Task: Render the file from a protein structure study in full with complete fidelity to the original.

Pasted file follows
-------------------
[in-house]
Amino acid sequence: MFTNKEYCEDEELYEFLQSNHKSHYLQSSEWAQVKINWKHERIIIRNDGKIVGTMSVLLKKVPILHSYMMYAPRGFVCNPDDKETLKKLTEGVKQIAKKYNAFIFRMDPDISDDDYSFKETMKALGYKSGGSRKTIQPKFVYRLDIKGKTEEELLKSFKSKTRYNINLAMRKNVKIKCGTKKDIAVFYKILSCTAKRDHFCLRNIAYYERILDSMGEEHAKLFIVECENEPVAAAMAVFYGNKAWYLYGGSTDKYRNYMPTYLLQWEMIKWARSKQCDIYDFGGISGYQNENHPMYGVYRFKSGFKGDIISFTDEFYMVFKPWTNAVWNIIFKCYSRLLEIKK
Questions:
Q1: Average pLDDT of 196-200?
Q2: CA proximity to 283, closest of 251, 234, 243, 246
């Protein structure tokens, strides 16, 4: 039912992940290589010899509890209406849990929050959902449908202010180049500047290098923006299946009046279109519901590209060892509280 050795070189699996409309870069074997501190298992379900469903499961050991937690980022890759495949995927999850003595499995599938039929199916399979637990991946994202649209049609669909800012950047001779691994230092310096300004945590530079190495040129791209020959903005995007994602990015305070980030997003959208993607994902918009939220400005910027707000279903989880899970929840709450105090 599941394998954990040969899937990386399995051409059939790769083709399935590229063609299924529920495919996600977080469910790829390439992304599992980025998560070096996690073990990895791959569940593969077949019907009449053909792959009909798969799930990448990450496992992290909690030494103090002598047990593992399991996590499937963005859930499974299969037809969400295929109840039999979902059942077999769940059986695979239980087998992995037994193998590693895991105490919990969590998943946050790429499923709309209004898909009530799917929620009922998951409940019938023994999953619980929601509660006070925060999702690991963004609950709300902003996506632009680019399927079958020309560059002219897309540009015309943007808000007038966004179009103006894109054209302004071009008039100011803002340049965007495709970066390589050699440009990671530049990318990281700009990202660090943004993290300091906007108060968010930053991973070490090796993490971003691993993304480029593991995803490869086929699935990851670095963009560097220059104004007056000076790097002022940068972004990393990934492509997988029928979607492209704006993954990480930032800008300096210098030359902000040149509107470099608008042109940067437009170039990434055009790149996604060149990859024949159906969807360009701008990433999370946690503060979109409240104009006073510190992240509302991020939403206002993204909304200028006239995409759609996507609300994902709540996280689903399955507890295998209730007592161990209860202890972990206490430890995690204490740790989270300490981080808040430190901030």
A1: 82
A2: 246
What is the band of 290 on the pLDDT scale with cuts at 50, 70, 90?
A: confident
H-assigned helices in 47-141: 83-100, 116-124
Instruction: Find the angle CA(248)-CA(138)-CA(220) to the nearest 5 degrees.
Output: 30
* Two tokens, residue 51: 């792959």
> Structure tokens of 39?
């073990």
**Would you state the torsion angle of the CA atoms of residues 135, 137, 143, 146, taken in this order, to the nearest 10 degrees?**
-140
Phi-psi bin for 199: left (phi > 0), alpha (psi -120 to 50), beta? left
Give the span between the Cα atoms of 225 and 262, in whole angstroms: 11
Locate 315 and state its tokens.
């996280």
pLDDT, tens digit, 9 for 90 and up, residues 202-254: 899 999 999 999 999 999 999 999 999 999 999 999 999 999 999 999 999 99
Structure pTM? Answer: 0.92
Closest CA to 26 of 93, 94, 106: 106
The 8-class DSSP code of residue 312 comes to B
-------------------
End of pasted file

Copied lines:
[in-house]
Amino acid sequence: MFTNKEYCEDEELYEFLQSNHKSHYLQSSEWAQVKINWKHERIIIRNDGKIVGTMSVLLKKVPILHSYMMYAPRGFVCNPDDKETLKKLTEGVKQIAKKYNAFIFRMDPDISDDDYSFKETMKALGYKSGGSRKTIQPKFVYRLDIKGKTEEELLKSFKSKTRYNINLAMRKNVKIKCGTKKDIAVFYKILSCTAKRDHFCLRNIAYYERILDSMGEEHAKLFIVECENEPVAAAMAVFYGNKAWYLYGGSTDKYRNYMPTYLLQWEMIKWARSKQCDIYDFGGISGYQNENHPMYGVYRFKSGFKGDIISFTDEFYMVFKPWTNAVWNIIFKCYSRLLEIKK
Questions:
Q1: Average pLDDT of 196-200?
Q2: CA proximity to 283, closest of 251, 234, 243, 246
């Protein structure tokens, strides 16, 4: 039912992940290589010899509890209406849990929050959902449908202010180049500047290098923006299946009046279109519901590209060892509280 050795070189699996409309870069074997501190298992379900469903499961050991937690980022890759495949995927999850003595499995599938039929199916399979637990991946994202649209049609669909800012950047001779691994230092310096300004945590530079190495040129791209020959903005995007994602990015305070980030997003959208993607994902918009939220400005910027707000279903989880899970929840709450105090 599941394998954990040969899937990386399995051409059939790769083709399935590229063609299924529920495919996600977080469910790829390439992304599992980025998560070096996690073990990895791959569940593969077949019907009449053909792959009909798969799930990448990450496992992290909690030494103090002598047990593992399991996590499937963005859930499974299969037809969400295929109840039999979902059942077999769940059986695979239980087998992995037994193998590693895991105490919990969590998943946050790429499923709309209004898909009530799917929620009922998951409940019938023994999953619980929601509660006070925060999702690991963004609950709300902003996506632009680019399927079958020309560059002219897309540009015309943007808000007038966004179009103006894109054209302004071009008039100011803002340049965007495709970066390589050699440009990671530049990318990281700009990202660090943004993290300091906007108060968010930053991973070490090796993490971003691993993304480029593991995803490869086929699935990851670095963009560097220059104004007056000076790097002022940068972004990393990934492509997988029928979607492209704006993954990480930032800008300096210098030359902000040149509107470099608008042109940067437009170039990434055009790149996604060149990859024949159906969807360009701008990433999370946690503060979109409240104009006073510190992240509302991020939403206002993204909304200028006239995409759609996507609300994902709540996280689903399955507890295998209730007592161990209860202890972990206490430890995690204490740790989270300490981080808040430190901030």
A1: 82
A2: 246
What is the band of 290 on the pLDDT scale with cuts at 50, 70, 90?
A: confident
H-assigned helices in 47-141: 83-100, 116-124
Instruction: Find the angle CA(248)-CA(138)-CA(220) to the nearest 5 degrees.
Output: 30
* Two tokens, residue 51: 């792959």
> Structure tokens of 39?
């073990």
**Would you state the torsion angle of the CA atoms of residues 135, 137, 143, 146, taken in this order, to the nearest 10 degrees?**
-140
Phi-psi bin for 199: left (phi > 0), alpha (psi -120 to 50), beta? left
Give the span between the Cα atoms of 225 and 262, in whole angstroms: 11
Locate 315 and state its tokens.
């996280």
pLDDT, tens digit, 9 for 90 and up, residues 202-254: 899 999 999 999 999 999 999 999 999 999 999 999 999 999 999 999 999 99
Structure pTM? Answer: 0.92
Closest CA to 26 of 93, 94, 106: 106
The 8-class DSSP code of residue 312 comes to B